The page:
The New York State Supreme Court on Monday agreed to hear arguments on October 22 in the America's Cup yacht-racing row if champions Alinghi and US challenger Oracle can't resolve their rules dispute.
At Monday's hearing, the court also urged the warring parties to continue to try to settle their differences out of court.
"We are very pleased with this decision, as we are keen to see this issue properly resolved with a minimum of further delay," said Tom Ehman, head of external affairs for the Golden Gate Yacht Club's team BMW Oracle.
Ehman said Oracle continued to support efforts to solve the dispute through mediation.
"Our strong preference remains to negotiate a solution. If this is not possible, today's decision provides for swift resolution through the courts," he said.
The GGYC of San Francisco launched its legal challenge arguing the new race protocol outlined by Swiss syndicate Alinghi for 2009 violates the historical "Deed of Gift" governing the race.
That's because Spain's Spanish Nautical Yacht Club (CNEV) has been tabbed to house its challenger of record Desafio Espanol.
The Americans say the Deed of Gift stipulates such a challenger has to involve a traditional yacht club which holds annual regattas.
CNEV was formed just days before before it issued the challenge and has never held a major regatta.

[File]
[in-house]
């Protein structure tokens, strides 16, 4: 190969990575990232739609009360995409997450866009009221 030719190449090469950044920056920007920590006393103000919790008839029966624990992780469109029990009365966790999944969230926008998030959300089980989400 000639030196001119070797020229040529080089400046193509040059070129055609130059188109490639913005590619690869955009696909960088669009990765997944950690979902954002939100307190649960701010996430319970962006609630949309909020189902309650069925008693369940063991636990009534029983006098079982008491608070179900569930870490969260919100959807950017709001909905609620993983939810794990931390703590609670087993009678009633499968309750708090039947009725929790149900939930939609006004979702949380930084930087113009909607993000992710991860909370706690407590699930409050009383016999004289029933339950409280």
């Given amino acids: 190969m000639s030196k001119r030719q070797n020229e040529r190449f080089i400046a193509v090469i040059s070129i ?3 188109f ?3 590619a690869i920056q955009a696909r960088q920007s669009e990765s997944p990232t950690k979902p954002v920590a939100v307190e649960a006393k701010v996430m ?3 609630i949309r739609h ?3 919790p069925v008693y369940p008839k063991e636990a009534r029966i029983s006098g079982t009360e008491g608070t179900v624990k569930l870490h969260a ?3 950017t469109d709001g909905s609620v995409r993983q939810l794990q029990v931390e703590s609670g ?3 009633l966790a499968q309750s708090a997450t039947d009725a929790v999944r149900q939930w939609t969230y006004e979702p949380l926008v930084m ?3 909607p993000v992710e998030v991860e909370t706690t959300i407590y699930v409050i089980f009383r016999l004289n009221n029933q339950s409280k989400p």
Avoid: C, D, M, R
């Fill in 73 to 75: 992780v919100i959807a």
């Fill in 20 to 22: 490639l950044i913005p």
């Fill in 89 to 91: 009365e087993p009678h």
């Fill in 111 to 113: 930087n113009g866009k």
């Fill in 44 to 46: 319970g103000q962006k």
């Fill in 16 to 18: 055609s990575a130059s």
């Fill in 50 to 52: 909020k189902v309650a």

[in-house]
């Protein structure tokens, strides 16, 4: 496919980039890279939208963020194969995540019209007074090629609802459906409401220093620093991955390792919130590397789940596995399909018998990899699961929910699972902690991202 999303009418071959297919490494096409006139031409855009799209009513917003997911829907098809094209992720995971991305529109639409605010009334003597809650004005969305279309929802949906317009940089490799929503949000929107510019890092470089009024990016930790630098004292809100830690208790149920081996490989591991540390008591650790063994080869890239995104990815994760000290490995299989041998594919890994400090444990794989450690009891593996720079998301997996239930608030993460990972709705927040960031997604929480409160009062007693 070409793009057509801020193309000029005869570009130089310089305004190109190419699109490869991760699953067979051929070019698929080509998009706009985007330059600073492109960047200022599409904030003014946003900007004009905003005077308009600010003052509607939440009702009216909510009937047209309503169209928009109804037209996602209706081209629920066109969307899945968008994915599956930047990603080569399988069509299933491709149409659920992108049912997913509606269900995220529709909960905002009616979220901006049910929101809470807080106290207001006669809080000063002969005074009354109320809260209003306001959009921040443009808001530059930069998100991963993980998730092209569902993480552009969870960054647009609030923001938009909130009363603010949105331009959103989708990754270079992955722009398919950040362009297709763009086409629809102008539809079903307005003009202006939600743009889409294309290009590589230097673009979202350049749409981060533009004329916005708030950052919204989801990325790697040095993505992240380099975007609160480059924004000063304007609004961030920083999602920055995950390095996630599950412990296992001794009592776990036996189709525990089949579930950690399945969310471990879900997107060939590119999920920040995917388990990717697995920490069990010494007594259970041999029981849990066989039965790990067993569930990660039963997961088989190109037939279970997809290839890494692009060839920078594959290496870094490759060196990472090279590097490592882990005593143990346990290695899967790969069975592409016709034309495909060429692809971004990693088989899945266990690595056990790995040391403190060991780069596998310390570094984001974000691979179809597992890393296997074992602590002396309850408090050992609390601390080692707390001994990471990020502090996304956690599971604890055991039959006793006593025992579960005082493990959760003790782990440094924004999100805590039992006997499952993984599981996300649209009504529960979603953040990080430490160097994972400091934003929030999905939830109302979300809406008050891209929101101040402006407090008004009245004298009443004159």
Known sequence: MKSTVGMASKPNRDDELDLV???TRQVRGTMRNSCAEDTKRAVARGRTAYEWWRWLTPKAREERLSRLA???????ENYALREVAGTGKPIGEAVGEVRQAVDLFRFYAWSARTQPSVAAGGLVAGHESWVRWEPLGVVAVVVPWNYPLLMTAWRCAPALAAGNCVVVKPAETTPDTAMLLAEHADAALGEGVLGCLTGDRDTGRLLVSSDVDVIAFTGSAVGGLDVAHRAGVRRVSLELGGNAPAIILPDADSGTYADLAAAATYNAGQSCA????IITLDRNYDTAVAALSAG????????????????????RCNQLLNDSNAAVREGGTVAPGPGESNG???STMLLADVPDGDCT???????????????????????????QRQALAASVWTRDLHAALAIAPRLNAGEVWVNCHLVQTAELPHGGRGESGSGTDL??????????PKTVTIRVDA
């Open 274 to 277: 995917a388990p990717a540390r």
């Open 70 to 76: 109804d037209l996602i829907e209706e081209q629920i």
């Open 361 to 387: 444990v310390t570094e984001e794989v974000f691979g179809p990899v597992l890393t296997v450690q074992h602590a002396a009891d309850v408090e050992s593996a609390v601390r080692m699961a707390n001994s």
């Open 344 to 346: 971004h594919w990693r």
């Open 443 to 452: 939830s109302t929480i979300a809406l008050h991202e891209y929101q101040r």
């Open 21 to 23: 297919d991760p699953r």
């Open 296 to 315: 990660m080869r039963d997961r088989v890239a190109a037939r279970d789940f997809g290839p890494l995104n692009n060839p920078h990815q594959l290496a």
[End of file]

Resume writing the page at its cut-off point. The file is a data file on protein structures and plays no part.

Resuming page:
Ehman has called it a "sham club" that has given Alinghi unwarranted control over an event in which the challenger is traditionally involved in setting the competition terms.
Oracle and GGYC took their case to the New York Supreme Court, which has jurisdiction because the Cup was given to the New York Yacht Club in 1887 under the terms of the Deed of Gift.
The legal squabble has raised shades of the America's Cup court battle of the 1980s between New Zealand banker Michael Fay and US yachtsman Dennis Conner.
In 1987, Fay sued defending champion Conner after Conner refused to consider his challenge to race in a 90-foot monohull.
The court ordered Conner to take the challenge or surrender the Cup, and Conner responded by beating Fay in a 60-foot catamaran.
Fay later won a court ruling that Conner's catamaran defense was illegal, but that ruling was overturned on appeal.